7 Startup Tips for Drain Cleaning Businesses

By Kim K. Lewis – Reposted with permission from Cole Publishing

Just getting started in the drain cleaning industry? Here’s some advice to help.

As the owner of a 25-year-old sewer rehabilitation and drain cleaning business, I’ve learned the ins and outs of growing a company from the bottom up. Here are some tips that may save you some stress and allow your business to flourish and grow the way you want.
1. Do what you do best
Make certain you are getting into something you love. You will be married to the business so be sure it is where you want to be. Every individual has a gift. If yours is running a drain cleaning company, it’s just common sense to ensure you are in a business you enjoy.
2. Business is not about technology, it is about people
Your job is to create relationships. Customers buy you, not just the services you’re selling. If you have the right people, you will have the technology. Surround yourself with the best people you can afford in all areas of your business, including advisers. Remember, you are only as strong as your weakest link.
3. Keep on selling
Everything you say and do is a move toward or away from a sale. You are always under the spotlight, so act accordingly. With today’s technologies and social media, you are being watched, so make certain that everyone sees and hears the correct messages.
Everyone in the business becomes a salesperson, and your job is to make your salespeople aware of that. Even the delivery person becomes a part of the sales team. When my father passed away — he was our first delivery person — I got a great message from a customer. He said my father brought joy and laughter to their company every time he made a delivery. The message? All employees, regardless of job title, represent your business and should be aware of the influence they have on customers.
4. Think big
As a leader, if you do not paint the big picture for customers and employees about the company’s focus, you will be selling yourself short. You can’t expect employees — who you have promised to take care of — to be at their best if you don’t explain the purpose of the company. They need to understand how the operations they perform on a daily basis benefit the whole company. Your job is to lead with the big picture.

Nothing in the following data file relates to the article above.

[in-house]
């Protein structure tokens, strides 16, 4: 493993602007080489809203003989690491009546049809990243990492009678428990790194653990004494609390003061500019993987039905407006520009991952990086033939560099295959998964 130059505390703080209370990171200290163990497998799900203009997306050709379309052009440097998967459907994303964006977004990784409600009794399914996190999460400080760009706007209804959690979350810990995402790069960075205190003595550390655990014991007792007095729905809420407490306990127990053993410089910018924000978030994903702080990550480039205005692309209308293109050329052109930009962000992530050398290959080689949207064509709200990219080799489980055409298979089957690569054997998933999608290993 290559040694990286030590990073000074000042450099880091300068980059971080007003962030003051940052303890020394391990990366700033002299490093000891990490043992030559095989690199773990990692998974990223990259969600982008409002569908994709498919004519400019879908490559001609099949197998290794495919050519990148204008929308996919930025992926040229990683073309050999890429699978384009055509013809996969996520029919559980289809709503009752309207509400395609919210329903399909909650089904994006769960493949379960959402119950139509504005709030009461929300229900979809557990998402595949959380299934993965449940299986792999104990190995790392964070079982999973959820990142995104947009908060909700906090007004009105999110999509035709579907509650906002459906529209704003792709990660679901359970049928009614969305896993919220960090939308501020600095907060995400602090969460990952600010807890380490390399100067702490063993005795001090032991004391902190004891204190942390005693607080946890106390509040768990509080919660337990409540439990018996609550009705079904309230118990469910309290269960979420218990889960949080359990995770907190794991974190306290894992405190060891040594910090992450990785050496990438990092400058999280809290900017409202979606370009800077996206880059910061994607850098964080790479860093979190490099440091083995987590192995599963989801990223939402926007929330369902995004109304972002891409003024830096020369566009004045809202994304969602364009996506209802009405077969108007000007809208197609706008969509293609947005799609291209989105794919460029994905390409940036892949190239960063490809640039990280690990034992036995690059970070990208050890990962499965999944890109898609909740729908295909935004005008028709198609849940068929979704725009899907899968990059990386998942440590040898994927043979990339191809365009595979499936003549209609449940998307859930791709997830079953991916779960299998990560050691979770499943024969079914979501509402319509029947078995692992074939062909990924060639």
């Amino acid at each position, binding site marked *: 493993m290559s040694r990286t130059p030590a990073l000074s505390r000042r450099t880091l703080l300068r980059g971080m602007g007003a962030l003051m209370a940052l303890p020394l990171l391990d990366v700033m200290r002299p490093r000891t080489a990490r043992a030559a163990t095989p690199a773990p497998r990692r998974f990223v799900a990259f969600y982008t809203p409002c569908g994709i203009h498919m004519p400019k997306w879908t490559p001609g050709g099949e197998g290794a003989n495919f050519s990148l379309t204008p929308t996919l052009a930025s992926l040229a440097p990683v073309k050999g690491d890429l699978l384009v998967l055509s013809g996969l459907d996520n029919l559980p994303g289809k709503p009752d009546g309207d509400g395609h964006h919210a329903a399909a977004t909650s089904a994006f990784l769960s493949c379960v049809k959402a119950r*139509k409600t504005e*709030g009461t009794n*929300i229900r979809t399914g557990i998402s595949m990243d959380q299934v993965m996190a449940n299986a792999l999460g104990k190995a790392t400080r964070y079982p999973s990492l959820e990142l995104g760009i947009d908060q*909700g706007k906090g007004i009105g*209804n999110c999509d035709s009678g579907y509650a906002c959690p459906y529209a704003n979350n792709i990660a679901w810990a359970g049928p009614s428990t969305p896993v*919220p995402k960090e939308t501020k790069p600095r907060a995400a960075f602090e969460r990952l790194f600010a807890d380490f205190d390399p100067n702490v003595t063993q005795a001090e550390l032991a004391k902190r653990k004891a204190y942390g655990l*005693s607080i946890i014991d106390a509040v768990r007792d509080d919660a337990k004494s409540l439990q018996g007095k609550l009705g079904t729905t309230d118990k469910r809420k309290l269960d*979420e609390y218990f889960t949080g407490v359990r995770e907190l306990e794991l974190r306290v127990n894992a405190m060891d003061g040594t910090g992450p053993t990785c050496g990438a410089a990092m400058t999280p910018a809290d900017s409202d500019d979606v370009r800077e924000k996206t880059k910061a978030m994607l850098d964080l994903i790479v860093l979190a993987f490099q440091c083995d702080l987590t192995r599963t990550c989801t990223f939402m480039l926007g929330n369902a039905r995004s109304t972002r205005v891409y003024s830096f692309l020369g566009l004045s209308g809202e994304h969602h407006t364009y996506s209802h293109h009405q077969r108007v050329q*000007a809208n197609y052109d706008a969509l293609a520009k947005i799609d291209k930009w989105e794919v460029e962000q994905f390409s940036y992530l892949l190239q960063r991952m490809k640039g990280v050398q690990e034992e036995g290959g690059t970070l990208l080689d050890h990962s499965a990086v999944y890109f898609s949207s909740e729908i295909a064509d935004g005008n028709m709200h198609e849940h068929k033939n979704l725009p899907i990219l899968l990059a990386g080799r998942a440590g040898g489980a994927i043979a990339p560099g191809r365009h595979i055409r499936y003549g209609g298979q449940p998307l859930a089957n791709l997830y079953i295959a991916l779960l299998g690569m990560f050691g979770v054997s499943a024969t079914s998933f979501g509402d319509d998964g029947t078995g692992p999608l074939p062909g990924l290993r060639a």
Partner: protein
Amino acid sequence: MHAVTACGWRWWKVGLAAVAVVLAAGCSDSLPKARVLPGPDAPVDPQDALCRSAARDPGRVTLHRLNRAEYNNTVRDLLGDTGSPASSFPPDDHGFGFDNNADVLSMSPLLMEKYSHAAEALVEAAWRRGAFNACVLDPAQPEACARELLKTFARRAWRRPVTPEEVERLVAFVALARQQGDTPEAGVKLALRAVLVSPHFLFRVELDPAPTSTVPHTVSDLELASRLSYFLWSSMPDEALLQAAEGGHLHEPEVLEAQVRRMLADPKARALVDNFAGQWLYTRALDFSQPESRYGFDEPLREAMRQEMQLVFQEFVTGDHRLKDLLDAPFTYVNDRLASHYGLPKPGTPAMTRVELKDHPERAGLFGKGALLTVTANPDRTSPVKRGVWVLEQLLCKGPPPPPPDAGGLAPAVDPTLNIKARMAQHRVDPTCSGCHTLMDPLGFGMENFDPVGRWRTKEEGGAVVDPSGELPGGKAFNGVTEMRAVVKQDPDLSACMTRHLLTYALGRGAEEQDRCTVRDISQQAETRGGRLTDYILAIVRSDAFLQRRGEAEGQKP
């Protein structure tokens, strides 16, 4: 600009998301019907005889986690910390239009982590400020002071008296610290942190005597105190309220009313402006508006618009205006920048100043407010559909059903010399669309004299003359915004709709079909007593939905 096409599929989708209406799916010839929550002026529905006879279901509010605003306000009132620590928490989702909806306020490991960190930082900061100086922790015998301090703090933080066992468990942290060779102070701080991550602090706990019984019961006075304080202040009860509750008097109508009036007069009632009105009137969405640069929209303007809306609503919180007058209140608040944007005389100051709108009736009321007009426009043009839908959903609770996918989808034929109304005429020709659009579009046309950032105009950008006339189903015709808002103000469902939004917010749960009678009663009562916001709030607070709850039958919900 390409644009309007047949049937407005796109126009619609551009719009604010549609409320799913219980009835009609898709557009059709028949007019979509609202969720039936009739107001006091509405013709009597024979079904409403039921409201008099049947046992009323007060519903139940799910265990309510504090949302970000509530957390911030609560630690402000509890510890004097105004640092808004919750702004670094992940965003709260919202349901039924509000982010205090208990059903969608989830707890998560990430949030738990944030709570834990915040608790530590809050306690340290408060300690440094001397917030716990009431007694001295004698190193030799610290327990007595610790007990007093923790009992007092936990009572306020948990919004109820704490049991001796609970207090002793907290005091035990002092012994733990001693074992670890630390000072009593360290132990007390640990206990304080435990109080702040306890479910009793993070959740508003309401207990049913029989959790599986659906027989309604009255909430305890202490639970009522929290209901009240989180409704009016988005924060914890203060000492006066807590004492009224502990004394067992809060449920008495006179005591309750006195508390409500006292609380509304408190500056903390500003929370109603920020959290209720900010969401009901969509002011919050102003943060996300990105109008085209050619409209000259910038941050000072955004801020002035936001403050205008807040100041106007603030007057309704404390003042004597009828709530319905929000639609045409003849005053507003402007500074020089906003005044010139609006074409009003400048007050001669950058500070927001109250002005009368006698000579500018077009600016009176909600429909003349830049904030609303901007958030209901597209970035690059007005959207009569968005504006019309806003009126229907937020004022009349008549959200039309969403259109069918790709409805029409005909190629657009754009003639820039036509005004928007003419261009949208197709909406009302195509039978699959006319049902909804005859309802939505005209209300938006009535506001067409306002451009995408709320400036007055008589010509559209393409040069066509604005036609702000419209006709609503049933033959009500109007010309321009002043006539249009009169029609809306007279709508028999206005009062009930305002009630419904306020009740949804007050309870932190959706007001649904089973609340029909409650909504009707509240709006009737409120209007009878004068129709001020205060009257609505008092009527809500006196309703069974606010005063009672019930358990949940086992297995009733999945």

5. Take time to plan
You are in this business for the long haul, and it takes time for plans to mature. Get your ideas and visions for a successful business down on paper. You don’t have to tell the world right now, but make your plans and start to share them with the people closest to you. By writing them down and talking about them, the plans will change from a concept on paper to reality. That excitement will breed more excitement and you will begin to believe that anything is possible.
6. Your word counts
Make certain you follow through on your promises. Good referrals are your best method to building a business, and the best way to get them is to do great work. Again, you are in this for the long haul, and without hard work and honesty, you have nothing to build on.
7. Money
There is never enough. What you have to start is probably not enough; I know because I ran short a few times. You have to save, be a good salesperson, borrow (and maybe mortgage), and sometimes beg. Try to secure twice as much as you think you’ll need. It’s difficult and expensive to get and keep good people, and one easy way to lose them is by not making payroll.
According to the U.S. Small Business Administration, improper financial planning and lack of capital are a few of the main reasons small businesses fail. Spend the time to figure out what your needs are and focus on how you’ll reach those.
Owning a business can be fun and rewarding. If you are persistent enough not to quit and welcome advice from others, you can achieve levels of success that will surprise you. Make it work.
About the Author
Kim K. Lewis is chairman and CEO of LiquiForce Services in Kingsville, Ontario. The company develops specialized processes for the sewer rehabilitation industry. Lewis helped create and chaired the North American Association of Pipeline Inspectors to provide video inspection language for contractors and municipalities across North America. He was named 2013 Entrepreneur of the Year by the Windsor-Essex (Ontario) Chamber of Commerce. 

Original Post: Cleaner.com